2-°F). At higher temperature

differences the liquid boils so rapidly that a film of vapor

forms around the tubes insulating them and causing the heat

transfer coefficient to drop rapidly. This regime, known as film

boiling, is to be avoided. So, the design of a reboiler proceeds

as follows:

Select a steam pressure that provides at least a 20°C

(35°F) temperature difference to insure nucleate boiling.

63

If the steam pressure available provides a temperature

difference greater than 25°C (45°F), drop the steam

pressure with a valve to make the temperature difference

25°C. This avoids film boiling.

Assume a heat transfer coefficient of 5,000 kJ/hr-m2-°C (250

BTU/hr-ft2-°F.

When the reboiler is a furnace it is not necessary to determine

its area, because furnaces are sized on the basis of their heat

duty.

The heat duty of the reboiler is the heat required to vaporize

the vapors:

QR = VSλR (36)

Where QR is the reboiler heat duty (kJ/hr), VS is the flow of

vapors into the column (kgmole/hr), and λR is the average latent

heat of vaporization (kJ/kgmole) at the bottoms product

composition and bubble point temperature.

The reboiler area is then

where UoR is the over-all heat transfer coefficient (kJ/hr-m2-°C)

and TR is the temperature difference (°C).

The required flow of steam in kg/hr is given by QR/λs, where

λs is the latent heat of the steam (kJ/kg).

Example 7. Reboiler Sizing.

Size the reboiler for the benzene-toluene column of Example 2.

Determine also the required steam pressure to insure nucleate

boiling and the required flow of steam.

Solution. It was determined in Example 2 that the flow of vapors

is 708 kgmole/hr and the composition of the bottoms product is 4

64

mole% benzene, and in Example 5 that the bubble point of the

bottoms product is 408 K – 273 K = 135°C.

Determine the average latent heat of vaporization of the

reboiler liquid, as in Example 6:

Benzene:

( )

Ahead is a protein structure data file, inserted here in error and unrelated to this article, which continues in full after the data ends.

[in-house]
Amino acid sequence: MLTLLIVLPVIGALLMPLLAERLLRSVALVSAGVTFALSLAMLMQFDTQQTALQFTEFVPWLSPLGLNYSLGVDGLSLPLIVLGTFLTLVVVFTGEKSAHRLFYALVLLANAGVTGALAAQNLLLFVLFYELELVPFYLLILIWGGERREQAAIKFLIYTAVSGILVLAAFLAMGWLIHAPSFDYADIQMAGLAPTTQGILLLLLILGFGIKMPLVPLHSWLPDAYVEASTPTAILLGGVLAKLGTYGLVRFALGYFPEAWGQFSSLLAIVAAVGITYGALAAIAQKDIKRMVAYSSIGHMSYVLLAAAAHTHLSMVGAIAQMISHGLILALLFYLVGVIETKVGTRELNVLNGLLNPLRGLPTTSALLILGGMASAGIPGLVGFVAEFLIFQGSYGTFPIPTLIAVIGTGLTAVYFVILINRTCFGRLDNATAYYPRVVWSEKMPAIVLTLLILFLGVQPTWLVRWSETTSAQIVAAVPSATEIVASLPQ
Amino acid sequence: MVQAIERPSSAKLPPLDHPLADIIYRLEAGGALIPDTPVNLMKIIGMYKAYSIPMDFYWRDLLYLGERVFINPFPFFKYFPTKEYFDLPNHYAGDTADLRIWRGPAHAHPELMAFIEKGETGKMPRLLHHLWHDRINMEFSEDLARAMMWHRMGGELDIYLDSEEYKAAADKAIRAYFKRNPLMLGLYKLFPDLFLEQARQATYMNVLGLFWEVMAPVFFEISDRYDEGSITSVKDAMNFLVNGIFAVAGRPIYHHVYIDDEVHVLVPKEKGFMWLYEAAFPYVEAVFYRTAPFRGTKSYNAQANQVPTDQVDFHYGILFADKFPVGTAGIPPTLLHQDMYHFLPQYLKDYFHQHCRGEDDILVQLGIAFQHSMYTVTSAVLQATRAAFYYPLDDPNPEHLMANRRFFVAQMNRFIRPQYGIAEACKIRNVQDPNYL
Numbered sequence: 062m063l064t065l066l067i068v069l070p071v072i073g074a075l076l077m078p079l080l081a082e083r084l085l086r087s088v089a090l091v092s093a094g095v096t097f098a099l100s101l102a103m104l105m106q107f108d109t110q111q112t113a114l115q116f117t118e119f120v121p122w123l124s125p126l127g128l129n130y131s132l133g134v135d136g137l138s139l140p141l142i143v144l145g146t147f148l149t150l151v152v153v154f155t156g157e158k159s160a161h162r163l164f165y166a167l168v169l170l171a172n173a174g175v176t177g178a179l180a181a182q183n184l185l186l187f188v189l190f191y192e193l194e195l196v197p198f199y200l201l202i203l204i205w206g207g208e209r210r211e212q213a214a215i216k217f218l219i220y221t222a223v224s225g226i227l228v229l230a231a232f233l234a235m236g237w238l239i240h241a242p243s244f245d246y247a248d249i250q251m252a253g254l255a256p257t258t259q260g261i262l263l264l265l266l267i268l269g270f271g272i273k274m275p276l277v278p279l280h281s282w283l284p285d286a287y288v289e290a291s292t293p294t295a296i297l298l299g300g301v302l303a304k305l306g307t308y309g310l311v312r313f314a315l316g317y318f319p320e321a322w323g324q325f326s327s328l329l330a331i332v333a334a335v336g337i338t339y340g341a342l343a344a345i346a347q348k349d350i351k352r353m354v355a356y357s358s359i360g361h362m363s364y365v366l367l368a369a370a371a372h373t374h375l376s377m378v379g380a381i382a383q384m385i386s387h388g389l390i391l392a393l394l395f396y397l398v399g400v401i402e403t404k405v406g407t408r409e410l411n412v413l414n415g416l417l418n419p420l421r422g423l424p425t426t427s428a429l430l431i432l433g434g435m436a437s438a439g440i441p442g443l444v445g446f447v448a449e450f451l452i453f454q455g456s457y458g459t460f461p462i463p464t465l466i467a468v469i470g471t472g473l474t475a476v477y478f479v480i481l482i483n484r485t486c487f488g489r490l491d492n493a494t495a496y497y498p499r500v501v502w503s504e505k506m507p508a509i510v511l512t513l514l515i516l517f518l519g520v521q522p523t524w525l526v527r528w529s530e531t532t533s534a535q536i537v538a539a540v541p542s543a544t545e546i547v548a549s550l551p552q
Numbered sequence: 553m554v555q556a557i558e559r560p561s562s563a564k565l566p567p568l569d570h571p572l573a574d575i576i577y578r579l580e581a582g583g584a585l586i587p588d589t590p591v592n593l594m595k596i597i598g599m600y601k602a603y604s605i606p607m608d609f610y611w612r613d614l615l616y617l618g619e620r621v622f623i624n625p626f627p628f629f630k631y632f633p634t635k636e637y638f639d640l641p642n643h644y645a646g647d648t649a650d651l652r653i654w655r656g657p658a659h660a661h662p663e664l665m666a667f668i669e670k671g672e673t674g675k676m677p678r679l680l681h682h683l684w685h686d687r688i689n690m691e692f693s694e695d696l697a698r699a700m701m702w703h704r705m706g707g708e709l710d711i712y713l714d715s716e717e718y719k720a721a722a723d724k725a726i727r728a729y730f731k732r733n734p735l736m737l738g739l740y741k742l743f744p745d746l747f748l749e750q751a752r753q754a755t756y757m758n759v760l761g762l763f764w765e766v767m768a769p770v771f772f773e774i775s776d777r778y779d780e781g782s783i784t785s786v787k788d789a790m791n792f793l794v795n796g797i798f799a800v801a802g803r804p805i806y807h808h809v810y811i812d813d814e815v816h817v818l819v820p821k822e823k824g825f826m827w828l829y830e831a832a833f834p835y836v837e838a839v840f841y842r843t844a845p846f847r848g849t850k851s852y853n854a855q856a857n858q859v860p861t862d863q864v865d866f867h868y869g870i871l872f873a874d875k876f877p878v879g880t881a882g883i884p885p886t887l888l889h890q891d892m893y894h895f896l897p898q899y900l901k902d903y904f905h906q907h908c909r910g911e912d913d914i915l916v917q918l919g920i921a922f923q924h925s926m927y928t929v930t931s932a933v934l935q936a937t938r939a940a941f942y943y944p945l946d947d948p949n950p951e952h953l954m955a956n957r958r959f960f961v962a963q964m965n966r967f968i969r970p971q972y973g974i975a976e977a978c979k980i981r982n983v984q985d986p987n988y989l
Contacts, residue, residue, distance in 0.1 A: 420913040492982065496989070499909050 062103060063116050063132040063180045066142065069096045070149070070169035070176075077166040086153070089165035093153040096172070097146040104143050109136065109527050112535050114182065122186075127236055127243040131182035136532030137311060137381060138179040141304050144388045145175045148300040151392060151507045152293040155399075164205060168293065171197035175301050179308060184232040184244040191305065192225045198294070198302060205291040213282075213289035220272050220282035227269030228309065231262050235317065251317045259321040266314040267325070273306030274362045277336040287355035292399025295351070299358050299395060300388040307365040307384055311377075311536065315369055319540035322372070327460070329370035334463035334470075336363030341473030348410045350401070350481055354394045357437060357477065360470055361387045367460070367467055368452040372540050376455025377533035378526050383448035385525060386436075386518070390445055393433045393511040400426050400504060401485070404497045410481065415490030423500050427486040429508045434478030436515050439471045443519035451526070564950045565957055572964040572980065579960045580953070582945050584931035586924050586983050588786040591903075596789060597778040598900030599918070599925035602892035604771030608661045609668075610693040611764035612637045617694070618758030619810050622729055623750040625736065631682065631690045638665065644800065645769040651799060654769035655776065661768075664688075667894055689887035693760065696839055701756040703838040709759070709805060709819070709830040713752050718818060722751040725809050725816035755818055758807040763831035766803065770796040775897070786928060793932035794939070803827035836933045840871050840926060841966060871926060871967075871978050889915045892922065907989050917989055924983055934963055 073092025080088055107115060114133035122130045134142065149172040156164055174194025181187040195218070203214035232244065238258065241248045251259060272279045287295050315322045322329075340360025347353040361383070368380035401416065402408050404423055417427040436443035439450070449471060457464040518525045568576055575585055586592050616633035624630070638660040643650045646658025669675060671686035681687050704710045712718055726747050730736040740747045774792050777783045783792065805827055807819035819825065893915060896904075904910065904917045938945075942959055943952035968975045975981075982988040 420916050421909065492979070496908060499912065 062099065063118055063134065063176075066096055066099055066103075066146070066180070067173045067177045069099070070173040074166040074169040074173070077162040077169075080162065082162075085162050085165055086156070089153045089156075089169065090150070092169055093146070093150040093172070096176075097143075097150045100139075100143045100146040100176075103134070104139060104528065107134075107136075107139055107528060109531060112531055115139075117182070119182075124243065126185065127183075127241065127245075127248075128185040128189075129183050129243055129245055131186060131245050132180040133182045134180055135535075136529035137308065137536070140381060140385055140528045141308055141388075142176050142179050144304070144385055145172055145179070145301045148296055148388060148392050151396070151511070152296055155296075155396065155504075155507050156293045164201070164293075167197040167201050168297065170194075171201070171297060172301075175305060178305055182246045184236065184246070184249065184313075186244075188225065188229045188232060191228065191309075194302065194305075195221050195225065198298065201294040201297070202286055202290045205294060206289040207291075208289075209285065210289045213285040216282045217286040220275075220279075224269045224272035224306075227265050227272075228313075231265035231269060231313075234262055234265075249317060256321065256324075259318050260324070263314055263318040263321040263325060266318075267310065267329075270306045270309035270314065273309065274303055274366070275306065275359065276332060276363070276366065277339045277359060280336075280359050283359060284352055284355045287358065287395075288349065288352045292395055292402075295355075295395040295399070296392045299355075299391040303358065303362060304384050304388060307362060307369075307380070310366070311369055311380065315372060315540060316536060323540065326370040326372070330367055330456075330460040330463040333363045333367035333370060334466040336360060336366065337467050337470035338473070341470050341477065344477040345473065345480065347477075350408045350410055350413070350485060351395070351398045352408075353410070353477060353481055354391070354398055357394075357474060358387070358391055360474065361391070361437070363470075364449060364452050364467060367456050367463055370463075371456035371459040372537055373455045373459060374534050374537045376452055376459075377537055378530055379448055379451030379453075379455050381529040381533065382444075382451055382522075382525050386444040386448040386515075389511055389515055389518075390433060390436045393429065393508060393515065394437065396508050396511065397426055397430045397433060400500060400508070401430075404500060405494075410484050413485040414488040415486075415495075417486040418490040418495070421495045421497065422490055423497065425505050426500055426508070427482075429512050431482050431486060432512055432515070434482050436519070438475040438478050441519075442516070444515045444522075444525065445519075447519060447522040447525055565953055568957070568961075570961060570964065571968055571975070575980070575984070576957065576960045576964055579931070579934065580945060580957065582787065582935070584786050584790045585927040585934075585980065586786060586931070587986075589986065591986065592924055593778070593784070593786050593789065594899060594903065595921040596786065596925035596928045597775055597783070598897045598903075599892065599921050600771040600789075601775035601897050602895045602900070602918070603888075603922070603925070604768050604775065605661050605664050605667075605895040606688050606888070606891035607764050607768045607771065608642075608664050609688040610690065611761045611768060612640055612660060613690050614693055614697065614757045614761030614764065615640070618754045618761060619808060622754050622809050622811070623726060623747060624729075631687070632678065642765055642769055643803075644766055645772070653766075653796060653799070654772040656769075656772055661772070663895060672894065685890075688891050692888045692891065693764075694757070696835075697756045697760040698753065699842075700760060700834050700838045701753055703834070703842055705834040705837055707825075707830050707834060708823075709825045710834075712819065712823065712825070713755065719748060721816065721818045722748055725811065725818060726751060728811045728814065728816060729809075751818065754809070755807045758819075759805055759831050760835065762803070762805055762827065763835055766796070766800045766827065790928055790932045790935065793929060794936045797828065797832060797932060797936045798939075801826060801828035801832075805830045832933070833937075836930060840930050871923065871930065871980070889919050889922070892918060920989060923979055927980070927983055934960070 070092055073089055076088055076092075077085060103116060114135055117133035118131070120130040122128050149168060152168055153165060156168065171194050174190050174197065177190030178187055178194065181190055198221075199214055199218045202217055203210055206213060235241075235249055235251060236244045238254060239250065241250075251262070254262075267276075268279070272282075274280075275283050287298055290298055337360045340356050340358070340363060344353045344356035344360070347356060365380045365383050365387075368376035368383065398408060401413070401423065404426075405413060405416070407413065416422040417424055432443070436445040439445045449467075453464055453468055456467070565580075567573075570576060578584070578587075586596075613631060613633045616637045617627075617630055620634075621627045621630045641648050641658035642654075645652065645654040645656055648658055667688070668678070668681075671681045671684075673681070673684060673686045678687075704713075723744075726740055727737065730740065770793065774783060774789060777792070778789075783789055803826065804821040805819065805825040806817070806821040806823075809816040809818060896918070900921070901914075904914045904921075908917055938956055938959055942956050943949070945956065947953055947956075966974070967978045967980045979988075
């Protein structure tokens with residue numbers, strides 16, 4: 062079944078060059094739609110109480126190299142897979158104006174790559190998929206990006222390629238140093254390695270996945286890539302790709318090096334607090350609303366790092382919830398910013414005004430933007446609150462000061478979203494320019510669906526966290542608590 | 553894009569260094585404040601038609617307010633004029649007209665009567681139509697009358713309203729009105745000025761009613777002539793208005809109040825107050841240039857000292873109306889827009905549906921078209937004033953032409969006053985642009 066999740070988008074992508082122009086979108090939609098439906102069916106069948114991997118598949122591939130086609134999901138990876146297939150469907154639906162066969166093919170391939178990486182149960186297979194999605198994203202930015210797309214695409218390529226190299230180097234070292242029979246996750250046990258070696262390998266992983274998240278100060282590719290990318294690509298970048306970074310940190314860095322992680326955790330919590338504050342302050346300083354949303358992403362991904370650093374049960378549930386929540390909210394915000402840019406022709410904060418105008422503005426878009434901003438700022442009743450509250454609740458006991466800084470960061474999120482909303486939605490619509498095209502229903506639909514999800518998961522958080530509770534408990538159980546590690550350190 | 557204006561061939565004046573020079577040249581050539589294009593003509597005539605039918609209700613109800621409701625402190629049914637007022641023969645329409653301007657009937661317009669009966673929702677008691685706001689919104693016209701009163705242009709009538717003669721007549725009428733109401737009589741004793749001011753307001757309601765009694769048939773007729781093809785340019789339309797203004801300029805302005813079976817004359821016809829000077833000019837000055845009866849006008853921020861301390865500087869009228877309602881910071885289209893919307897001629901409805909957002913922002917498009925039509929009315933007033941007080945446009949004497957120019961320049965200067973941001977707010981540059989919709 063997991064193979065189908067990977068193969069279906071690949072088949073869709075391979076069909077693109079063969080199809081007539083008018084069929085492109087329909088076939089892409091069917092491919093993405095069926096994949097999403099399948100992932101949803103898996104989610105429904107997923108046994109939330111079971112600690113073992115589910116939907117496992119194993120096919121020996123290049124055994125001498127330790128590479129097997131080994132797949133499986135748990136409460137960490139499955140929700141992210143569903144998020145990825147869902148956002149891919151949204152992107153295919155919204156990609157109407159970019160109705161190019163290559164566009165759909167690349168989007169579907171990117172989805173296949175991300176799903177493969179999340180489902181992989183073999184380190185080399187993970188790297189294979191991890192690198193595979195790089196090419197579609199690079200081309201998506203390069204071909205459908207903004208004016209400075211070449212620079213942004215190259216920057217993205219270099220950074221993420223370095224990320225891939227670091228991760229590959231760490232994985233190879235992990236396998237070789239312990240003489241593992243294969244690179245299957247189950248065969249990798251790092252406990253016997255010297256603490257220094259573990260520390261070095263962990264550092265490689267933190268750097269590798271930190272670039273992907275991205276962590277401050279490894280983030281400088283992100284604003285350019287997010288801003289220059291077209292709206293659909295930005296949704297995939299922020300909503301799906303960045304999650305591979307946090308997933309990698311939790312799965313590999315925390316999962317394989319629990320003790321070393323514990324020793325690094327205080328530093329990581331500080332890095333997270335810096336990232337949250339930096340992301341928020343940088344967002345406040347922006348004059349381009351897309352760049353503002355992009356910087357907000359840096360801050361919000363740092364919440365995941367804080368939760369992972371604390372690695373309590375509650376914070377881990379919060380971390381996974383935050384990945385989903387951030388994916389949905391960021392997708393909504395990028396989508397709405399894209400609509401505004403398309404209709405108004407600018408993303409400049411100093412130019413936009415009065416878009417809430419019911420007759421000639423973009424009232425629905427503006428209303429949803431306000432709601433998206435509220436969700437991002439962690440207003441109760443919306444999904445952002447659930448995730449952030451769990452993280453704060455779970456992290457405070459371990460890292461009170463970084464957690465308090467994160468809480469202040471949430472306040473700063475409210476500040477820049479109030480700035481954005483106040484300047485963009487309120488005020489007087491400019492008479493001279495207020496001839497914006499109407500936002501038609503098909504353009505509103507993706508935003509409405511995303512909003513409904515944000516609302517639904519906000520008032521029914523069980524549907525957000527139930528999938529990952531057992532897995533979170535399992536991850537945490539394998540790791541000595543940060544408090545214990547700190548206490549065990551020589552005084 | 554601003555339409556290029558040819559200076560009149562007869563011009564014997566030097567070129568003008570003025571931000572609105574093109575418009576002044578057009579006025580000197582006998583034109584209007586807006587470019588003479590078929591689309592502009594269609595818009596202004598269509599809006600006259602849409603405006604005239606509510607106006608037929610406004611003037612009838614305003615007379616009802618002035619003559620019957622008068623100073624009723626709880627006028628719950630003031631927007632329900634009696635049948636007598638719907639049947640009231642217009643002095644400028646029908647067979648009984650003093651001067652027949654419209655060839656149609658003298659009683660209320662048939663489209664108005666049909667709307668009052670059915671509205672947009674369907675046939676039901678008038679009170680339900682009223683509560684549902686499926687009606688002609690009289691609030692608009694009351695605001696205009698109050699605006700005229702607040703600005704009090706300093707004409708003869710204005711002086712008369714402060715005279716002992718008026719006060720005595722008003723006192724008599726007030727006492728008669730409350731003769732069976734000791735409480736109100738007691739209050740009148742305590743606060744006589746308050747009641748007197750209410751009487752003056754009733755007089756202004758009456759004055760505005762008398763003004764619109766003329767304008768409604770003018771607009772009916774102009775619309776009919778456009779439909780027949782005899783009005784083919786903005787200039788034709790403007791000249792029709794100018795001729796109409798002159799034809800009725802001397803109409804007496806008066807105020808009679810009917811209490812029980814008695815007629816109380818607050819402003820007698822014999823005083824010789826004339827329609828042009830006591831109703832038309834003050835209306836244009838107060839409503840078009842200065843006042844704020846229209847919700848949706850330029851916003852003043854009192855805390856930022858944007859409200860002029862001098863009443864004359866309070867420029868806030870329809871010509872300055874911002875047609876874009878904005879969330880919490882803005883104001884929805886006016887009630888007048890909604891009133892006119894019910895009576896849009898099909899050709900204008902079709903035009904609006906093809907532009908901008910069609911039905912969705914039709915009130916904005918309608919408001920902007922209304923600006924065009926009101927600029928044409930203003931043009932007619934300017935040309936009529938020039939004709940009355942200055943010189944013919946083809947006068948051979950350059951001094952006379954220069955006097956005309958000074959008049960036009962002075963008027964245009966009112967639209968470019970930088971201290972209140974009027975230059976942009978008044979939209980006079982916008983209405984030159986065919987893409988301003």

Toluene:

( )

Average latent heat: ( ) ( )

Reboiler heat duty: (

) (

)

For nucleate boiling the steam temperature must be at least

135°C + 20°C = 155°C. At this temperature the steam pressure is

543 kPa (79 psia), and its latent heat of vaporization is 2099

kJ/kg (Keenan, Keyes, Hill and Moore, Steam Tables, 1978.

Reboiler area: (

) (

) (

)

Or 2,400 ft2.

Required steam flow:

(

) (

)

This section has presented a simple procedure for sizing

distillation columns, that is, for determining their height,

diameter, and the areas of the condenser and the reboiler, as

well as the consumption of cooling and heating utilities in the

condenser and reboiler, respectively. The next section presents

correlations for estimating the cost of the column from these

sizing parameters.

7. Column Cost

Chemical engineers usually depend on expert cost estimators in

their organizations to estimate the precise cost of equipment.

65

Because of this they don’t usually look at equipment costs until

the final design is done. However, it is convenient to have some

approximate cost correlations to be able to evaluate design

decisions without having to refer to the cost estimator every

time a decision is made. Although these correlations are not

accurate they give approximate order-of-magnitude costs that are

good enough to evaluate the design decisions.

The following correlations have been adapted from those

given by Douglas (1989). They give estimates of the installed

cost of equipment, including structures, piping, insulation,

instrumentation, foundations and painting. One attractive

advantage is that the factor for installation costs is separate

from the cost factor for material of construction, pressure

rating, and equipment type. These cost factors can be high but

have little effect on the installation costs. Also the

installation cost factors are different for each type of

equipment, being smaller for such high-cost equipment as

furnaces than for lower-cost equipment like vessels and

exchangers. This does not mean that the installation of high-

cost equipment is lower than for low-cost equipment, just that

it is not proportional to the equipment cost.

The column cost is estimated using the correlation for

pressure vessels and is based on the height and diameter of the

column:

(

) (

)

(

)

( ) (37)

Where ICcol is the installed cost of the column ($), M&S is

the Marshall and Swift inflation index, published each month in

Chemical Engineering magazine, Di and Hc are the column diameter

and height (m), respectively, and Fc is a cost factor that

66

depends on the column design pressure and the material of

construction. The correlation is good for diameters up to 10 m

(30 ft) and heights up to 120 m (400 ft). The factor 2.18 is the

one that accounts for installation costs.

When the column is made in carbon steel—handling non-

corrosive chemicals—and for operating pressure below 345 kPa

gage (50 psig), the cost factor Fc is unity. For higher pressures

and other materials of construction, the factor is:

Fc = Fp + Fm

Where the pressure and material factors are